Yarou has a very good build and looks to have increased his strength. He does not in the least bit shy away from contact in the paint. In fact, he looks to initiate contact, especially on the defensive end where he lays a body on opposing bigs, does his work early and denies them prime positioning for scoring and rebounding. Yarou is a skilled rebounder, particularly on the defensive end where he swallows up boards with absolutely no regard for the opposition. He bangs inside and does not change expressions or lose his cool when opponents retaliate. On the offensive end, Yarou loves to get position on the block in order to utilize his very solid post move. He prefers to set up shop on the left block and will use a nifty turnaround jumper from that spot. He also uses his strength to power up in traffic to finish while under duress, even finishing above the rim. Yarou runs the floor very well and has very good athleticism to complement his strength and power.
Dominic Cheek, 6-6 (SG)
2009, Jersey City, N.J./St. Anthony's
Cheek has good lift on his jumper when he shoots it off the bounce, but he has to improve his consistency from the perimeter. He will hit the 3 if left unattended on the wing, but he needs to become more consistent from that area as well. Cheek has a tendency to shoot on the way down and needs to release his jump shot at the apex of his jump. He also sometimes does not get his feet set on jumpers, and he kicks out his legs scissors-style. He has good body control and can get to the rim when he sets his mind to dominating offensively. He has to get stronger in order to stop opposing wings from impeding his progress to the rim and forcing him into wild, off-balance floaters. Cheek would benefit from adding a mid-range pull-up jumper to his offensive toolbox. Cheek prefers to go right, but he has the ability to get to his left on the drive and convert layups with his left hand. Cheek has good passing skills and does a good job of involving his teammates.
Sean Johnson, 6-2 (SG)
2009, Middle Village, N.Y./ Christ the King
Johnson has wide shoulders and good strength, which he uses to create scoring opportunities for himself on the offensive end of the floor. He has good but not outstanding athletic ability in addition to a relatively quick first step that he uses to get to the bucket. Johnson prefers to go right, but he has the ability to penetrate to his left. Once at the rim, he uses his strength, leaping ability and good body control to take on contact, adjust in the air, and still convert the hoop. He also has the ability to get to the rim and use his left hand to finish plays off at the tin. He has decent ballhandling skills and needs to improve in this area. Johnson would also benefit from adding a mid-range pull-up jumper to his offensive arsenal. Johnson has range that extends to the 3-point line, but he has a tendency to become streaky from that area on the floor. As long as he keeps his release point high, Johnson should connect on a good number of his 3-point attempts. He does a good job using his body, strength and lateral quickness to pressure opposing ball handlers into turnovers.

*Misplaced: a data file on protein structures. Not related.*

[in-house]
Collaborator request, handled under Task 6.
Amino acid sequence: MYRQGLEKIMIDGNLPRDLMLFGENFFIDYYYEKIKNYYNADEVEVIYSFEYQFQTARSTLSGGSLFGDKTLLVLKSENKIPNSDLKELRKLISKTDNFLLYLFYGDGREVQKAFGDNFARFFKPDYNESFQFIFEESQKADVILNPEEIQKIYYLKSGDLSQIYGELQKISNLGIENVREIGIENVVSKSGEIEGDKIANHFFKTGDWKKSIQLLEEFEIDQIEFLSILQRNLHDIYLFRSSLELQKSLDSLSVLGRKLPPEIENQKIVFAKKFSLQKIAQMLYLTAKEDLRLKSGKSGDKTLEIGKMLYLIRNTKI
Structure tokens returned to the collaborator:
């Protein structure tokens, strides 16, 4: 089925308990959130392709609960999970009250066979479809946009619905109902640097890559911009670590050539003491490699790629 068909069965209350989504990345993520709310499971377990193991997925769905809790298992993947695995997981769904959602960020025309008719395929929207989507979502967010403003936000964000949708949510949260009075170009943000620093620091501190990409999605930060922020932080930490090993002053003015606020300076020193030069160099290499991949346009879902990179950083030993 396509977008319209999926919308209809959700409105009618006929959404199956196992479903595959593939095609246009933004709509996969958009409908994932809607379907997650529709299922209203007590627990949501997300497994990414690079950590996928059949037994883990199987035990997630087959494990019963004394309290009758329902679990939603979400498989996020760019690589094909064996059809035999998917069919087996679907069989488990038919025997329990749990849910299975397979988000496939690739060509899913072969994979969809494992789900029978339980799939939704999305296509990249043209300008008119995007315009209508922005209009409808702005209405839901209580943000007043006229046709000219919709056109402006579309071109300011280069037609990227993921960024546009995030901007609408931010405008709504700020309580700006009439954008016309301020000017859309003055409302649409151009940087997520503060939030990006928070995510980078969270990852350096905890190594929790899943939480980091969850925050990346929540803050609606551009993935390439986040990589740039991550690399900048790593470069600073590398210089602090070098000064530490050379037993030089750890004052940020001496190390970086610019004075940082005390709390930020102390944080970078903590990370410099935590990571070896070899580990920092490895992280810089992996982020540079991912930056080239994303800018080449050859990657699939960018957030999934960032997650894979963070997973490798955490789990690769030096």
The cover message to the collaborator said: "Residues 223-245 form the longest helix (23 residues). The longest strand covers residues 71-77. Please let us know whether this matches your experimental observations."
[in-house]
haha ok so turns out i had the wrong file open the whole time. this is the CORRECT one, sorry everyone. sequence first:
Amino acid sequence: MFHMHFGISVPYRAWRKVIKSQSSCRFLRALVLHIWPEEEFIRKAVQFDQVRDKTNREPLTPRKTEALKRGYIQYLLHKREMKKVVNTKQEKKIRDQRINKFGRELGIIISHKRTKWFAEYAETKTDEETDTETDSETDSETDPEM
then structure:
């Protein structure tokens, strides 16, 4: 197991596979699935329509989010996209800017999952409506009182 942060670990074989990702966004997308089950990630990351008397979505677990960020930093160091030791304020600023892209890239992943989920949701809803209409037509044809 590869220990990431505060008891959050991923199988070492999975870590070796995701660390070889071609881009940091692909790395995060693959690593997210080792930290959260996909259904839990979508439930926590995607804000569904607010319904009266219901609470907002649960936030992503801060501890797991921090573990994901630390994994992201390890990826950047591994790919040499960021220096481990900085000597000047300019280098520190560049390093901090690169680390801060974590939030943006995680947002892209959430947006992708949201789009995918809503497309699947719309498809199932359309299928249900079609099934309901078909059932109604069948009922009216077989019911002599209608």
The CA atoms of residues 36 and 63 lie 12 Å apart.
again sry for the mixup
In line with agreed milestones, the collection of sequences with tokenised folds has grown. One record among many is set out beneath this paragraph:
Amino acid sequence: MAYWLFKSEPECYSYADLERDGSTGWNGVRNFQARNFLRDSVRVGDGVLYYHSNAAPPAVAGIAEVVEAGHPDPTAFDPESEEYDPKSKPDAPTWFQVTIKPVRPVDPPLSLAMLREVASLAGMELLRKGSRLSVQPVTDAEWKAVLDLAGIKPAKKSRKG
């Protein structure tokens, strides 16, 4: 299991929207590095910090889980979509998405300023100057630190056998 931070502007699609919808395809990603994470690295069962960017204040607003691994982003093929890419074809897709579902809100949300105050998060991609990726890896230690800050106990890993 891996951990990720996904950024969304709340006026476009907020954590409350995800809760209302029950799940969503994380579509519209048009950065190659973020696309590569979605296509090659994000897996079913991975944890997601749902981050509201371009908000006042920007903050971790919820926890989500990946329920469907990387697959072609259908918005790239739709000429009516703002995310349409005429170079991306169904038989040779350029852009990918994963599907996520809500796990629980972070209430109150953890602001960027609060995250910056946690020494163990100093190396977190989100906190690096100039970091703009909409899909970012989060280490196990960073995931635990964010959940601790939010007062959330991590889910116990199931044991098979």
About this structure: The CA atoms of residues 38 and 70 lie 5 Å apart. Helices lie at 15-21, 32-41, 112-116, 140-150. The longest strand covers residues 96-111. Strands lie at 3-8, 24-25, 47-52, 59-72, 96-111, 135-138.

Aaron Brown, 6-4 (SG)
2010, Hackensack, N.J./St Benedict's
Brown has explosive leaping ability and quickness, which he uses to make plays on the offensive end for his team. A streaky shooter, Brown has the ability to connect on a number of consecutive jumpers from 3-point range. He also uses his lateral quickness to beat defenders off the dribble on his way to the hoop. Brown uses his great leaping ability to finish in traffic and grab offensive rebounds above the rim. Brown plays passing lanes for steals well and handles the ball in the open court on the break. He also has good passing skills and vision; he just needs to assert himself more throughout games.
Branden Frazier, 6-2 (PG/SG)
2010, New York/Bishop Loughlin
Frazier has incredible range that extends beyond the land of 3. He has a slight hitch in his jumper and kicks his right leg out slightly, but is a deadly shooter from outside. He also has to alleviate his tendency to shoot the ball on the way down and hold his follow-through until the shoot hits the rim. He does not do much work off the dribble, though he has enough quickness to do so. Instead, he relies on his great stroke from the perimeter for his offense. If Frazier gets stronger, he could become a better player off the dribble. He will have to do so because better defenders will run him off the 3-point line.